Here’s the latest evidence that Amazon’s plan to start delivering using drones is not a joke: The company is hiring software engineers, communications professionals, and interns to make the project a reality.
There’s usually no point in reading too much into job listings (remember Google Fiber in New York City?), but these ones, flagged by George Anders of Forbes, seem pretty cut and dry. Amazon is hiring at least two “software development engineers for Amazon Air” in San Francisco, a “research scientist intern,” and a communications manager for the program in Seattle.
Of the three listings, the communications manager one is perhaps most telling—they’re looking for someone who can “drive massive awareness for Amazon Prime Air,” which shouldn’t be too hard, considering that “like the Amazon drones?” is the first question anyone asks me when I tell them that I write about “commercial drones.”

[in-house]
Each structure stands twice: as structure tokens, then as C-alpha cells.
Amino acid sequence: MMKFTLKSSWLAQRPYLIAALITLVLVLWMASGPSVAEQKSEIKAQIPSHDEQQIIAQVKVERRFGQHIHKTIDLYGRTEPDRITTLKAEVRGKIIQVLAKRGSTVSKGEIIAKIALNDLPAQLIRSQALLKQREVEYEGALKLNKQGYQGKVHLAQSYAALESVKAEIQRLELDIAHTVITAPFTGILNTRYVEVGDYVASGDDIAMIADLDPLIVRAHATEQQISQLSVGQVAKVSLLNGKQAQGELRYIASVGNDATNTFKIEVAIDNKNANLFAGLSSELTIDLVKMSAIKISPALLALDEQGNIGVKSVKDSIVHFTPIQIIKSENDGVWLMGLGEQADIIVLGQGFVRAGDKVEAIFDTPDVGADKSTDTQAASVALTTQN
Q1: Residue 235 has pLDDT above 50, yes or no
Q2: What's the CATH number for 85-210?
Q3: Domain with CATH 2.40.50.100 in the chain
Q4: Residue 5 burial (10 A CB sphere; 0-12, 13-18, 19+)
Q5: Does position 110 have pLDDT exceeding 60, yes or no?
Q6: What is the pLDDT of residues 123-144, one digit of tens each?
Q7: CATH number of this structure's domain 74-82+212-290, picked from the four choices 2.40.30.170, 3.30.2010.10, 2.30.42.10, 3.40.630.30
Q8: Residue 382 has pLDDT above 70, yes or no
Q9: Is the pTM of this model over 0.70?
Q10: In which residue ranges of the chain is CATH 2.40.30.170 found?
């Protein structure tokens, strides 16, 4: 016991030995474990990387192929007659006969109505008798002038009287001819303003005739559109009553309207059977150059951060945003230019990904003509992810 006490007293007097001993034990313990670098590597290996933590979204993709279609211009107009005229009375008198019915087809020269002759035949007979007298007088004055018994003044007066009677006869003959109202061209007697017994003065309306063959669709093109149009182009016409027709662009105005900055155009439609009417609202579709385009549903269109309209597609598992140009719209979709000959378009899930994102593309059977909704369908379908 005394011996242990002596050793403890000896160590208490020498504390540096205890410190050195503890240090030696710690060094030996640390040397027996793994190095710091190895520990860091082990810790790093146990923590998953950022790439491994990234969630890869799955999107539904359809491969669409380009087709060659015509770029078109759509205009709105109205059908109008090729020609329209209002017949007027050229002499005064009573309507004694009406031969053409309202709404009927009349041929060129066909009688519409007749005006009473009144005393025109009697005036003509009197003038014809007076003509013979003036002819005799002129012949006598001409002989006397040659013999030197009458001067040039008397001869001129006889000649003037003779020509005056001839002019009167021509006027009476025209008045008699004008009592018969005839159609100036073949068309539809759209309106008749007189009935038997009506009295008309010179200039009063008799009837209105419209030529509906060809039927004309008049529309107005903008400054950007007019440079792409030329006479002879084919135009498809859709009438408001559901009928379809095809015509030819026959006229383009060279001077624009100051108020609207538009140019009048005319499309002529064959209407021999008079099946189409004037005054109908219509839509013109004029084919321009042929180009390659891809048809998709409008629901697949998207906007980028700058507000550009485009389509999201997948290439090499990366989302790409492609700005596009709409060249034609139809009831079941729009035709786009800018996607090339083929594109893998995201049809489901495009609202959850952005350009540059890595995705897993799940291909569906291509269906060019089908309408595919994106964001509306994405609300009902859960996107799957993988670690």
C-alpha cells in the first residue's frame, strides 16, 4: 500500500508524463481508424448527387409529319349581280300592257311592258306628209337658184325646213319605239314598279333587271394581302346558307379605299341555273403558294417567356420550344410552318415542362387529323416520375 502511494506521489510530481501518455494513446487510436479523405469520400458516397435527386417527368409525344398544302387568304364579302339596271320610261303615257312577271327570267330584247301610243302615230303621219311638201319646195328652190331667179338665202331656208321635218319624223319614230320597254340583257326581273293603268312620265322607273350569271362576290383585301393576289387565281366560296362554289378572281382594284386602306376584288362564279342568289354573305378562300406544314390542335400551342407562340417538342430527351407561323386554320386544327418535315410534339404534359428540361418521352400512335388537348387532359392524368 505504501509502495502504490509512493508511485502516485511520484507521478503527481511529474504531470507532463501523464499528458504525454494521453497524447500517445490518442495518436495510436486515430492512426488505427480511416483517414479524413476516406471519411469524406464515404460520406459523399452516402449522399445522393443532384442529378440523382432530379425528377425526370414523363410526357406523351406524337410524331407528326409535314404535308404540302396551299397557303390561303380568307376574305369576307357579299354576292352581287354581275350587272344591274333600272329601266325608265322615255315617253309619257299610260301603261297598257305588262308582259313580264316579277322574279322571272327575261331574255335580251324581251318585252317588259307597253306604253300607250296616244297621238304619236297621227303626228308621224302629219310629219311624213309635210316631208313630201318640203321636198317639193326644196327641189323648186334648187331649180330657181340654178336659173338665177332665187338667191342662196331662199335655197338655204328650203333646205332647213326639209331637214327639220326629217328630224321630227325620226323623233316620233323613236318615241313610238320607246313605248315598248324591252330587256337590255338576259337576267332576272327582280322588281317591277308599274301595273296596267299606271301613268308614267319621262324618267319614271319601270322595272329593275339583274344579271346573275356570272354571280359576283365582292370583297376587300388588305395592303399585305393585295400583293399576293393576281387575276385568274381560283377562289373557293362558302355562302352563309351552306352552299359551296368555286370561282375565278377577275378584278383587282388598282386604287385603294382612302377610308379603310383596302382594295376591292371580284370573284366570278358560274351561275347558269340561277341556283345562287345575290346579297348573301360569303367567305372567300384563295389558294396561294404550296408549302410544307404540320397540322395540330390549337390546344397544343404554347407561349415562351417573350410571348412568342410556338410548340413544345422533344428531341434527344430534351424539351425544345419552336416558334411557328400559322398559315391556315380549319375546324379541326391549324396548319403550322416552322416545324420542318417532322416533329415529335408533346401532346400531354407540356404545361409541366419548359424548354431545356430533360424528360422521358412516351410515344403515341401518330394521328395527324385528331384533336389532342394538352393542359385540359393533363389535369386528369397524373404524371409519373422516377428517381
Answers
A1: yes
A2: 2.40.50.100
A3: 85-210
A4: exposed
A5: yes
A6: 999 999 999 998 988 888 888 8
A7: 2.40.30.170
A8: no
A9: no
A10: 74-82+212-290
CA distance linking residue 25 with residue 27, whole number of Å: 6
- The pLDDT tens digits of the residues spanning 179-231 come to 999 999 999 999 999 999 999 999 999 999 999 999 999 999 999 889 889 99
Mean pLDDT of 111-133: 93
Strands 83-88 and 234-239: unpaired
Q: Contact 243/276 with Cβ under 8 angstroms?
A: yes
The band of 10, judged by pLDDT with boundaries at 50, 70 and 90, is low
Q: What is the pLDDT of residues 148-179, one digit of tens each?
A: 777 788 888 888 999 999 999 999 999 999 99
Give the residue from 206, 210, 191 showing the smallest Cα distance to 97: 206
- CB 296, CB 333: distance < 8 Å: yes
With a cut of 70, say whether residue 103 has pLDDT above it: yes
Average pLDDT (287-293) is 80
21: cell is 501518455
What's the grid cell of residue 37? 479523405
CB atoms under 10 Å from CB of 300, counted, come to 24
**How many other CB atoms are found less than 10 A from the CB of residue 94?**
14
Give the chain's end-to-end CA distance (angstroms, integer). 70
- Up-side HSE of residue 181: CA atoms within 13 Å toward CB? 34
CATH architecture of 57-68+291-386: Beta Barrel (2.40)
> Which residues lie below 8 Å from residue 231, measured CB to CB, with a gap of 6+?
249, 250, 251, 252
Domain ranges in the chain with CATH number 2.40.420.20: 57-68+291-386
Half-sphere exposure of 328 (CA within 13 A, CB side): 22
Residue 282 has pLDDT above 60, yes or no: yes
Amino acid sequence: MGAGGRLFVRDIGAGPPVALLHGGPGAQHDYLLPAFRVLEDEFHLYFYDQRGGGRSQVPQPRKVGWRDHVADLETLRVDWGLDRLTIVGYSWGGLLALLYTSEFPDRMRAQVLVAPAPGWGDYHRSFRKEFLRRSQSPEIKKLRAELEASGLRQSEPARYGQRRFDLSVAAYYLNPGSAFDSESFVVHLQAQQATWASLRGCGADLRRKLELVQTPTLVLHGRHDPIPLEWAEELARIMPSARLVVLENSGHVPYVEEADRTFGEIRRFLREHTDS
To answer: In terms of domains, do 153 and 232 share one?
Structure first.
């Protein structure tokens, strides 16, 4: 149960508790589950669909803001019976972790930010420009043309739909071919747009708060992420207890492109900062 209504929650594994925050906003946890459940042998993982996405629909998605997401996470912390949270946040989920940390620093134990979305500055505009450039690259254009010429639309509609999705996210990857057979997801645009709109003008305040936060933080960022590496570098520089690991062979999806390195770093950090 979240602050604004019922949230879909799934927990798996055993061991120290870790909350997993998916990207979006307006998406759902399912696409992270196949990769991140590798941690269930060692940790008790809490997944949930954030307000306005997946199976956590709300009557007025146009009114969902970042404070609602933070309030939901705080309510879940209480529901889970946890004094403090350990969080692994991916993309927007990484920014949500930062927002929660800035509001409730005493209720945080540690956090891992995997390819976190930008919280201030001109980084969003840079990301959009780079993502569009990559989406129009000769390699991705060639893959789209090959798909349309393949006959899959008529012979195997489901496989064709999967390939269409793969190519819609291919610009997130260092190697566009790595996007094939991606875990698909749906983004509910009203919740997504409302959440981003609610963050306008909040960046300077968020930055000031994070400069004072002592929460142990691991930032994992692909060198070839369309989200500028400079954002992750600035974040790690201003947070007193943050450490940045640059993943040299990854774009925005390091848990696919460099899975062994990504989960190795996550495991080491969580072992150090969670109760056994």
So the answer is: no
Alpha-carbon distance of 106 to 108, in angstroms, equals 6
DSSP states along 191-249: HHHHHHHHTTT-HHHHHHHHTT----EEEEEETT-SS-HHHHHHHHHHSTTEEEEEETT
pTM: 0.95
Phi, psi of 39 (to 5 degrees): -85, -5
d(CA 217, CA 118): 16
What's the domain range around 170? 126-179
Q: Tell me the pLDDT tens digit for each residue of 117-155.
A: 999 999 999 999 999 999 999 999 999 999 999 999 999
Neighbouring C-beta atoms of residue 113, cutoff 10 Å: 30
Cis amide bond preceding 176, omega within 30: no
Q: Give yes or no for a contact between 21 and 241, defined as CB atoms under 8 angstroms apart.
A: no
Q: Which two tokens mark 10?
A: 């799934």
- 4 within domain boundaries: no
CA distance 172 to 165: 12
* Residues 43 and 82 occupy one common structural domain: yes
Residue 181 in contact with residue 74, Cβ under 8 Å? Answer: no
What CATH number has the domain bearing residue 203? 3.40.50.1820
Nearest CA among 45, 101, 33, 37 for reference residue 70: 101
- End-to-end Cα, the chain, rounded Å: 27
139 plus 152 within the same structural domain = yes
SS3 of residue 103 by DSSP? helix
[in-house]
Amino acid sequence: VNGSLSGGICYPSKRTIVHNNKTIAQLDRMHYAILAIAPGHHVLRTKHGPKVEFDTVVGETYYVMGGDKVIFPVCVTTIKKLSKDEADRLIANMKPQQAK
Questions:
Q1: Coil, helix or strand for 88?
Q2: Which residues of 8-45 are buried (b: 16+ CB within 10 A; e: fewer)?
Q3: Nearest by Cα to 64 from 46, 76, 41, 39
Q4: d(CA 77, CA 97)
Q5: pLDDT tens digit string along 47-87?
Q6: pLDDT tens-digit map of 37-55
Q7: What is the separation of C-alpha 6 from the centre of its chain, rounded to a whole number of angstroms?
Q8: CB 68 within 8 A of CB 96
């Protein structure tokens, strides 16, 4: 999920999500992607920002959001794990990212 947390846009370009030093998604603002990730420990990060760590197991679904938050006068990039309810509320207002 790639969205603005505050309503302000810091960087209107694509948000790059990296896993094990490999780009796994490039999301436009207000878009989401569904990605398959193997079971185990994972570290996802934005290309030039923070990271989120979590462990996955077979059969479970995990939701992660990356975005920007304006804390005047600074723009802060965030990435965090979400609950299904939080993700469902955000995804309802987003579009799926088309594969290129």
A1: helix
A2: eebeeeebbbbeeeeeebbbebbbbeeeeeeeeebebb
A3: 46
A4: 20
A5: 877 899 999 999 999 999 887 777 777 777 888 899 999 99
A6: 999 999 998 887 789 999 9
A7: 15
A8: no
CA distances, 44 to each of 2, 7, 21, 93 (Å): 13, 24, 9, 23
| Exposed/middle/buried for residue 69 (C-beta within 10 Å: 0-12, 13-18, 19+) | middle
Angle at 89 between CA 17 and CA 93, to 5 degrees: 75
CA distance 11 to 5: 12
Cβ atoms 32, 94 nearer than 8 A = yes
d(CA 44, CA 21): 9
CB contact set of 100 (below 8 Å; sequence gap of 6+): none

The listing also says that the ideal candidate will “successfully manage complex, fast-moving, and unexpected communications challenges,” which, as Anders points out, sounds like code for “will have to explain what the heck we should do if one of these crashes.”
The plan, if you have been hiding out in your house, far from any drones, is to deliver stuff within a half hour of it being ordered.
The listings for the software engineering jobs, which presumably will be the meat-and-potatoes of actually making this thing feasible, have much less information, but ask for people who can combine “superb technical, research, and analytical capabilities with a demonstrated ability to get complex hardware, soft are, embedded, mobile, and mission-critical systems up and running quickly and effectively.”
Presumably, these are jobs for humans and not jobs for drones, like this sort-of-funny YouTube video imagined back in December.